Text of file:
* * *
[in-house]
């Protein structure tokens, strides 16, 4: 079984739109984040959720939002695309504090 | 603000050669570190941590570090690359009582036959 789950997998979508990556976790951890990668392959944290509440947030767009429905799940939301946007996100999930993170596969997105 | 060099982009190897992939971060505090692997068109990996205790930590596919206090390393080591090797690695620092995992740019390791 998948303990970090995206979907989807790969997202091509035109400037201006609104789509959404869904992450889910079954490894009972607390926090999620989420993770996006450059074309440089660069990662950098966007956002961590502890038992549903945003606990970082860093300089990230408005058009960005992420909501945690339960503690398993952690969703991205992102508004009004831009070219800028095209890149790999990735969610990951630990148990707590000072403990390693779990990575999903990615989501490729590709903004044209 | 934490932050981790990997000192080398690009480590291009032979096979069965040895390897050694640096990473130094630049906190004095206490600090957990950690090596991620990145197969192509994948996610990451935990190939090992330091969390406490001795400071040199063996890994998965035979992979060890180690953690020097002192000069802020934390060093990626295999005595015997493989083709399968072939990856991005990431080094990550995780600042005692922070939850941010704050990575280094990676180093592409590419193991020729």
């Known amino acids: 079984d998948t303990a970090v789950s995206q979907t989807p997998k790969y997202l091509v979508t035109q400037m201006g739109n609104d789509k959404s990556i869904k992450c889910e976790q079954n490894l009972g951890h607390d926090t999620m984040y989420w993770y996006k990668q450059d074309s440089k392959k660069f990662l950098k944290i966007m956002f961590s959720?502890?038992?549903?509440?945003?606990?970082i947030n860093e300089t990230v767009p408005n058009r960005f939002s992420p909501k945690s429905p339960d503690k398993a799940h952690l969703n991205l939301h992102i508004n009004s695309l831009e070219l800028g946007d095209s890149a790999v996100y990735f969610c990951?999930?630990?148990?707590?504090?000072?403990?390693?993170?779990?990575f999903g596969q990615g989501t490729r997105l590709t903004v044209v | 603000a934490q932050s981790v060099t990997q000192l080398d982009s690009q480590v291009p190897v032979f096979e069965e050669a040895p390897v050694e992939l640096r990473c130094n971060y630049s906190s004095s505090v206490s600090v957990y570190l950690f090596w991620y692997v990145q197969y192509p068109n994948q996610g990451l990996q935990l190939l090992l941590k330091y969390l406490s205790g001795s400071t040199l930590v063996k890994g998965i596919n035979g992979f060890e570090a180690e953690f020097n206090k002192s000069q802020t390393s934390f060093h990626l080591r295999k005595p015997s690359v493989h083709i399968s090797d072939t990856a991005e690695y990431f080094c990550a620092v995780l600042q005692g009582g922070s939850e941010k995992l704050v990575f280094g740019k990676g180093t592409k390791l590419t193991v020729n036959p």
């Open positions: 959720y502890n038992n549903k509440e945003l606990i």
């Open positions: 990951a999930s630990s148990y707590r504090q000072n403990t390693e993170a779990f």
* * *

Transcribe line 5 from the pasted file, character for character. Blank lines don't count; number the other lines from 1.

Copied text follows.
């Open positions: 990951a999930s630990s148990y707590r504090q000072n403990t390693e993170a779990f």